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Sophomore forward AJ Brodeur scored 14 points, and came a rebound short of a double-double in the loss.

Credit: Chase Sutton

WICHITA, Kan. — They hung around for a while, but in the end, it wasn't enough.

No. 16 seed Penn men's basketball fell to No. 1 Kansas 76-60 in the first round of the NCAA Tournament. The Quakers gave the Jayhawks all they could handle, but the talent and athleticism of Kansas, especially that of senior guard Devonte' Graham, pushed them ahead for good.

Graham, the Big 12 Player of the Year, proved why he's considered one of the best players in the nation. He took over towards the end of the first half, pouring in 15 of his 29 points in a seven-minute span. He beat the Quakers from everywhere on the floor, attacking the basket with quickness and ferocity, spotting up from three, and getting to the foul line.

“Just trying to be aggressive," Graham said about his run at the end of the half. "One of the assistant coaches told me I needed to attack more off the ball screen, because they weren’t hedging it, they were just bluffing and falling back, so he told me I can get to the paint."

The game started off as well as Penn coach Steve Donahue could have imagined. In the first 12 minutes, the Quakers built a 21-11 lead behind some of the best defense they've played all year. The Red and Blue refused to give the Jayhawks any easy looks and forced them to take contested shots from well behind the three-point arc.  

But that's when the Jayhawks woke up.

Credit: Chase Sutton

"We were just trying to realize that as a good team as they are, to take that punch that they’re gonna give us. They’re gonna go on a run inevitably. What we were focusing on was how we were gonna handle that," sophomore forward AJ Brodeur said.

Led by Graham, Kansas stormed back and closed the half on a 22-5 run. The entire tide of the game seemed to change, as the Jayhawks started playing with the confidence one would expect from one of the top teams in the country. Meanwhile, the Quakers started to miss opportunities and turn the ball over.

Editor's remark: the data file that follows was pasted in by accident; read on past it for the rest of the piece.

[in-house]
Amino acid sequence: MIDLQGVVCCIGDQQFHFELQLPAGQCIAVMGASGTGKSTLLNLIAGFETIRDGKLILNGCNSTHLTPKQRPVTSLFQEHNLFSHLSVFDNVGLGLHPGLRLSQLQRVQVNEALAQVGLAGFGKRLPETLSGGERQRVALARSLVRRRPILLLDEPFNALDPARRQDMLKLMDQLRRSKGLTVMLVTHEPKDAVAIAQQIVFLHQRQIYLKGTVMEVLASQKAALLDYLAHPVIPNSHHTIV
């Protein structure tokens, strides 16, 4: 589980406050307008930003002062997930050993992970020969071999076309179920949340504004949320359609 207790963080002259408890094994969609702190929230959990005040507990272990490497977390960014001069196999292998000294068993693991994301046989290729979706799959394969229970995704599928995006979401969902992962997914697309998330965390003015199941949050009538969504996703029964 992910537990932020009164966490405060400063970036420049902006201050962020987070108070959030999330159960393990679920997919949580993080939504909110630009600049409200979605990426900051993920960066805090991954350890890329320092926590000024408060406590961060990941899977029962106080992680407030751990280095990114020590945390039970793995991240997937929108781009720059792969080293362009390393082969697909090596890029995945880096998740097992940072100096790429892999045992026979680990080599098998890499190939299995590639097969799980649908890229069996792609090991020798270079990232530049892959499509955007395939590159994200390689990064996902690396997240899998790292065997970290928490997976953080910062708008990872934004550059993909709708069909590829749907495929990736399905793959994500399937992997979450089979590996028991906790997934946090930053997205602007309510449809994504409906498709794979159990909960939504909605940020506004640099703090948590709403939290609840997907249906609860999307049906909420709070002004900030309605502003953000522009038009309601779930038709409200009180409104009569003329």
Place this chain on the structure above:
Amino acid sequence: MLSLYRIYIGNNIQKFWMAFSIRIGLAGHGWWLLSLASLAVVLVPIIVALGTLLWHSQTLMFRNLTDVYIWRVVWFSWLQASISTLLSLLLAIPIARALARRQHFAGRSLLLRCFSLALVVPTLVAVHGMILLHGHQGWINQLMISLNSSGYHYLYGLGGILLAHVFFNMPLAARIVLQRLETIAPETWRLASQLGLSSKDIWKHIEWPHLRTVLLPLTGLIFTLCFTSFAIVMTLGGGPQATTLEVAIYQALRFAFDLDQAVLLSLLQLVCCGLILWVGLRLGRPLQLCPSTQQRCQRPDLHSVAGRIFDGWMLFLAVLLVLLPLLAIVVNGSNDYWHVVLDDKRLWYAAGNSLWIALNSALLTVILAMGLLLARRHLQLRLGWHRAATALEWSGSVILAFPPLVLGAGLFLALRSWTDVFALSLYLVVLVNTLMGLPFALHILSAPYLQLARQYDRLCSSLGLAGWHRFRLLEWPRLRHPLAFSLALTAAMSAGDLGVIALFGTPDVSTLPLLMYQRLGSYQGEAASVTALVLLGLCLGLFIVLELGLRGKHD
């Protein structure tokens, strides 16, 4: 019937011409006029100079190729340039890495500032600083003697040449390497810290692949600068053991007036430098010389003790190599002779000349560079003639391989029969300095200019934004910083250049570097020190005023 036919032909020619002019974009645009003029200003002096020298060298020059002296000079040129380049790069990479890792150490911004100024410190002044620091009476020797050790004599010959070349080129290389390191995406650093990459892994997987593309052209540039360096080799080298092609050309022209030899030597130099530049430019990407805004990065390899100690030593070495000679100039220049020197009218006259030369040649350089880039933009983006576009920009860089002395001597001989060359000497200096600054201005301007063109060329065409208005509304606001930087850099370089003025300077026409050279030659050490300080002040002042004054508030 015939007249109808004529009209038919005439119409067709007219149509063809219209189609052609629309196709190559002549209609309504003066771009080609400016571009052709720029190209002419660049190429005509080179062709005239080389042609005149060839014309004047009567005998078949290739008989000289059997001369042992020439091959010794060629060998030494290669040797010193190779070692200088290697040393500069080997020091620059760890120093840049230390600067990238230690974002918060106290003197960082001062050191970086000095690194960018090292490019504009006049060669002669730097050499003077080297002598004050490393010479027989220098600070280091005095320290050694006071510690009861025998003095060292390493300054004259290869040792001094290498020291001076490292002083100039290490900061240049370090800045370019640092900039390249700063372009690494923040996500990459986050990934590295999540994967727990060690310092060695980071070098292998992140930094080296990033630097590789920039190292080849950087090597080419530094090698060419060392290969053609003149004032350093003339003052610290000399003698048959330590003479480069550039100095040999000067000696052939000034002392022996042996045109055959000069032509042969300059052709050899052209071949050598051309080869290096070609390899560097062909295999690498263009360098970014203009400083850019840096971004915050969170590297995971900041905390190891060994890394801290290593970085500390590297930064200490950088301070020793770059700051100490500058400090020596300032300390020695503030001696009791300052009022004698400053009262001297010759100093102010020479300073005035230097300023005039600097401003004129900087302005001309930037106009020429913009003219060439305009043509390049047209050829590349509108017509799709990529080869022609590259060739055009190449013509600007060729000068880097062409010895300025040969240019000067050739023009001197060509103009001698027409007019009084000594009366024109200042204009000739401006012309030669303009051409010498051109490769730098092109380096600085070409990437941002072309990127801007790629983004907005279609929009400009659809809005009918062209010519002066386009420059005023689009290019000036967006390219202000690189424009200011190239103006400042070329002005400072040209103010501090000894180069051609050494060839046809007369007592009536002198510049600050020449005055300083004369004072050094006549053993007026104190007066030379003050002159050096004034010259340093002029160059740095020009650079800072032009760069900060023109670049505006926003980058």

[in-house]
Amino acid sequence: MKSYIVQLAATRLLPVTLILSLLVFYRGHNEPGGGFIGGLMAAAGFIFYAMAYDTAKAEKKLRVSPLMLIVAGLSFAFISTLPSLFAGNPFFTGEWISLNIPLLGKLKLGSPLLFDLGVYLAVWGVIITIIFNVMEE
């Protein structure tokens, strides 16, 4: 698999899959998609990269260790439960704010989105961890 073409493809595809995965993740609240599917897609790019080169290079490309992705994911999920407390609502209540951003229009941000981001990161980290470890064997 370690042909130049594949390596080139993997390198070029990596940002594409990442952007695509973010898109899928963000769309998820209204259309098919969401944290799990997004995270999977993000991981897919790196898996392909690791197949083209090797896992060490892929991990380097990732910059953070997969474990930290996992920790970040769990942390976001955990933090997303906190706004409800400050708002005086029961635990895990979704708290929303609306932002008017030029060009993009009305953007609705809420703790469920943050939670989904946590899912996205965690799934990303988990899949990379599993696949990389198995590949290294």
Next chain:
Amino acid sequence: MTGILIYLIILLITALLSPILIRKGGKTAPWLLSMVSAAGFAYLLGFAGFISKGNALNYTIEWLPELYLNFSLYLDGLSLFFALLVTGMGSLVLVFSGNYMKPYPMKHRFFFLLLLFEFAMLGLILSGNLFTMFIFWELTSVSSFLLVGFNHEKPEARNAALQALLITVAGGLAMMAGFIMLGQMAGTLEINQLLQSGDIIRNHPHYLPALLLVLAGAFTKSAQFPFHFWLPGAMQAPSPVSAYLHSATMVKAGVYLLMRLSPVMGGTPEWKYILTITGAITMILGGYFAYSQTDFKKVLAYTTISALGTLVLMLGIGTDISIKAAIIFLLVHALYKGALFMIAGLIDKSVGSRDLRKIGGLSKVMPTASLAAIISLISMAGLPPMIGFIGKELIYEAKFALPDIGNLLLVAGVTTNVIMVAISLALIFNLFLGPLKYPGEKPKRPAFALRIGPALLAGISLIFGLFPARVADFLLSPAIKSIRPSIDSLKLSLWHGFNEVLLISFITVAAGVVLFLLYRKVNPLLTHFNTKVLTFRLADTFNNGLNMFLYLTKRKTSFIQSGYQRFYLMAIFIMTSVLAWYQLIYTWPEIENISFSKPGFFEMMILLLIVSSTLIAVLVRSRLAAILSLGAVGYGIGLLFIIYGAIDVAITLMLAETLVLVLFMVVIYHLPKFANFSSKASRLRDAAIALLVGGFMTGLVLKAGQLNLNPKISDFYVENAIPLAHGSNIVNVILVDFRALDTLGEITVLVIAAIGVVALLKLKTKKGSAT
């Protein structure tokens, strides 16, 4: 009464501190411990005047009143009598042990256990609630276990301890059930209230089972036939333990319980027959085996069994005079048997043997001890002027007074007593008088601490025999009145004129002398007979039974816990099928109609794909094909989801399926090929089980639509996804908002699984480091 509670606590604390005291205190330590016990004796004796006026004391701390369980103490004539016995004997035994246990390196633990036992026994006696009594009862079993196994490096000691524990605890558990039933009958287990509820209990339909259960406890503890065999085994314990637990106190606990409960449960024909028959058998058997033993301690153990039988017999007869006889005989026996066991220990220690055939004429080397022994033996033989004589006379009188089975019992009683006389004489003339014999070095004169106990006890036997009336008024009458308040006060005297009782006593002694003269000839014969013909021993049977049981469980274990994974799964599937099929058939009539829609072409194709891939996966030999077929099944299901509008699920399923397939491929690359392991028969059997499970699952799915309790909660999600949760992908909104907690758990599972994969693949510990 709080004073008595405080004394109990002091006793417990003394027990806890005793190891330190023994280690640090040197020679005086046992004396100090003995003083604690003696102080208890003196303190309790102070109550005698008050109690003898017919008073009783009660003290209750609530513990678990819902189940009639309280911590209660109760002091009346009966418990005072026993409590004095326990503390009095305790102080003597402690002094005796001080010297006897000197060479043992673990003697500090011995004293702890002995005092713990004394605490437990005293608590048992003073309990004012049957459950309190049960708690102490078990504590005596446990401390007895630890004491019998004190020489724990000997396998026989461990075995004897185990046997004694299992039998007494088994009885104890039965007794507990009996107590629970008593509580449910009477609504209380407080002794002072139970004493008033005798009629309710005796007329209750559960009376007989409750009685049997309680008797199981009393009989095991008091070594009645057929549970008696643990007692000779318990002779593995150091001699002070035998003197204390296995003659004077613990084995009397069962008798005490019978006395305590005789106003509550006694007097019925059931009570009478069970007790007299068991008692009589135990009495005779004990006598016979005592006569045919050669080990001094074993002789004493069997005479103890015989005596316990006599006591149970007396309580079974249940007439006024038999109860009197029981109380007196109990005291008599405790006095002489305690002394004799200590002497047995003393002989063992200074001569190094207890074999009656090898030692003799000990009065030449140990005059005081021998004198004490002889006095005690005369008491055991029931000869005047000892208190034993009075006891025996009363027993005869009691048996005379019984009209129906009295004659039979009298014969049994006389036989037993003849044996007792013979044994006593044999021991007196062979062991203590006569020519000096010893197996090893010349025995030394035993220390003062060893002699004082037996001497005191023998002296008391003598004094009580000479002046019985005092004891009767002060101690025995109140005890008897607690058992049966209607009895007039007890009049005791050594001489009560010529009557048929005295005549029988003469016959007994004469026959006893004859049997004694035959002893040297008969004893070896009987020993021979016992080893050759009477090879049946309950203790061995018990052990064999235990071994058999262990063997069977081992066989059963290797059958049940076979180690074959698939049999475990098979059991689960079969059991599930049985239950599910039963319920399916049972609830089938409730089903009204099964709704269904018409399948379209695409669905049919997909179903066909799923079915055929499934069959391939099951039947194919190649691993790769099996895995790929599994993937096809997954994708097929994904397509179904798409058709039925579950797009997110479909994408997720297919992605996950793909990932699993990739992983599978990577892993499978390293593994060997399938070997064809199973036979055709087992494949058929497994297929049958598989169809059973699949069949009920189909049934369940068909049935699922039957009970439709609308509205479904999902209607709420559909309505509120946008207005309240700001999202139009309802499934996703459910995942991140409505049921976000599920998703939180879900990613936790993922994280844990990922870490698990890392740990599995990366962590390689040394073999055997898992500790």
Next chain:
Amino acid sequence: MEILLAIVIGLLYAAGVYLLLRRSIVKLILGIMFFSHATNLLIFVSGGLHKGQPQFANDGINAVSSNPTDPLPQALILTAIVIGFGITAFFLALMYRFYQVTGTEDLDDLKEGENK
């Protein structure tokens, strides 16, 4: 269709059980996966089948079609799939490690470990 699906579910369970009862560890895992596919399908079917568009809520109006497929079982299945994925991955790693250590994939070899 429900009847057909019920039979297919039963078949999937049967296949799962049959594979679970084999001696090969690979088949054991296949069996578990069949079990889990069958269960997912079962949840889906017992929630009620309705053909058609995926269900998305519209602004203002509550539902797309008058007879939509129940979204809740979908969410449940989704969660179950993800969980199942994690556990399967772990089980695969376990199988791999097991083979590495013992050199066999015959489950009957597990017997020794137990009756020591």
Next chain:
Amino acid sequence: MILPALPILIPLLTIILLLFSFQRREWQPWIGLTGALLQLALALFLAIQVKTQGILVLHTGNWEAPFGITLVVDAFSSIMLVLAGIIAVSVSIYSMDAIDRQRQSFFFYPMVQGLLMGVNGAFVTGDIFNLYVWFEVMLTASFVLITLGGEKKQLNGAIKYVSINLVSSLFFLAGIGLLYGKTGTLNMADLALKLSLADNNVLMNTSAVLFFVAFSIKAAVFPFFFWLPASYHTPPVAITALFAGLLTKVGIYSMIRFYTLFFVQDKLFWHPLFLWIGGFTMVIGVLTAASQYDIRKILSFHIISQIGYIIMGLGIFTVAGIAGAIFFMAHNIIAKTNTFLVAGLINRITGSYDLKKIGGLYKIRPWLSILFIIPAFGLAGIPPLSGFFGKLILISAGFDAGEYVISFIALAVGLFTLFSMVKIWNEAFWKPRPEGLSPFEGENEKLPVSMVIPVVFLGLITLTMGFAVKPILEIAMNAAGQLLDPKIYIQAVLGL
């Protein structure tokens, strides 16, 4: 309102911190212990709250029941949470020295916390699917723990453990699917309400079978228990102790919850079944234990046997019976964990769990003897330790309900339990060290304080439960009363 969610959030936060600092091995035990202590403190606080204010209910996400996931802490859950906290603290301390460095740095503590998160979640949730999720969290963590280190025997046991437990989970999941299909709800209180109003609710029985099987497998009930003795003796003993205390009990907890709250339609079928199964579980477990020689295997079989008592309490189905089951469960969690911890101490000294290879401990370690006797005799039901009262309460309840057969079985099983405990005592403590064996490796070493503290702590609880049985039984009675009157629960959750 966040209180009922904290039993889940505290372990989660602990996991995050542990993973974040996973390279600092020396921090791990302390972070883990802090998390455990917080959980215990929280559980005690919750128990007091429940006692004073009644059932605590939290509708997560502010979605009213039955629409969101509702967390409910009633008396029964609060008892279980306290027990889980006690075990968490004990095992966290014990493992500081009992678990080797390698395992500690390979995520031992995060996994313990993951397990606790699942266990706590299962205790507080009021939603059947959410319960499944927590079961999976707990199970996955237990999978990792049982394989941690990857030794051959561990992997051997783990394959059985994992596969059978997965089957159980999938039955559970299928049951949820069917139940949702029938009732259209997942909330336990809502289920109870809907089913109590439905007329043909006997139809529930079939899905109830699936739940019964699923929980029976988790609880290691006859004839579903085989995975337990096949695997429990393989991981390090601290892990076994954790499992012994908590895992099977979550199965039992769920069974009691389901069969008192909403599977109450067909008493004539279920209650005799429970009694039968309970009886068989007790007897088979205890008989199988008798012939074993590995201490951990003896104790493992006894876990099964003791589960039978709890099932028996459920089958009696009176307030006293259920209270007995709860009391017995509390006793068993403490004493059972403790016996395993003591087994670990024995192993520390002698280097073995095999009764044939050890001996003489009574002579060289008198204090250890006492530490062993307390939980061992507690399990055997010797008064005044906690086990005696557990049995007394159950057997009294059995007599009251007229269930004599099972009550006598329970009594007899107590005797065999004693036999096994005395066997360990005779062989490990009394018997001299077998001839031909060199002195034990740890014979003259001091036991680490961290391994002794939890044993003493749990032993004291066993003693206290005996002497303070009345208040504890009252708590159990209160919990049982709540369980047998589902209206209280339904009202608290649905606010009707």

“Credit to [Graham], but he realized what was going on in the game, he has a great feel for the game," senior guard Darnell Foreman said. "He got our guys in rotations, he was able to finish at the rim."

Still, Penn went into the halftime break down just 33-26, very much within striking distance.

The floor opened up a bit in the second half, leading to a faster, higher scoring contest. And while the Quakers kept pace with the Jayhawks for most of the half, they were never able to string together a run long enough to put them back in the lead.

Penn's best effort came in a quick two-minute run that started around the 14:30 mark. Junior guard Antonio Woods started Penn off with a three, then senior guard Caleb Wood knocked one down from deep on the next possession. After another defensive stop, Brodeur made a floater to bring Penn within five, causing Kansas coach Bill Self to call a timeout.

Out of the break, Graham stopped the bleeding with a tough layup over Brodeur. After that, a few key Quaker misses over the following minutes gave Kansas breathing room for the rest of the game. 

Credit: Chase Sutton

Perhaps the biggest factor down the stretch was free throws. Penn, notoriously a poor free-throw shooting team, struggled mightily from the charity stripe, going just 4 for 12 in the second half. 

"I do think foul shots were a big part of this, and this is unfortunate, it was part of our DNA this year, we were able to overcome it," coach Steve Donahue said. "But if we’re gonna beat a team like Kansas, in this environment, you just gotta make them."

Meanwhile, the Jayhawks abandoned their usual strategy of pouring in threes and instead attacked the Quakers down low. They were rewarded with 14 free throws, which they made at a rate of 85.7 percent.

Penn kept at it though, keeping the Kansas lead under double digits until there were just about six minutes left in the game. But a deep three from Graham, followed by an alley-oop to junior guard Lagerald Vick, put the game out of reach for good.

While the Jayhawks are headed to the next round, Penn's season is done. And while it may not have ended with the result the Quakers were looking for, they can keep their heads up.

"I couldn't be more proud of my guys and how we played," Donahue said. "We did everything that I would hope.

"It was a great college basketball game."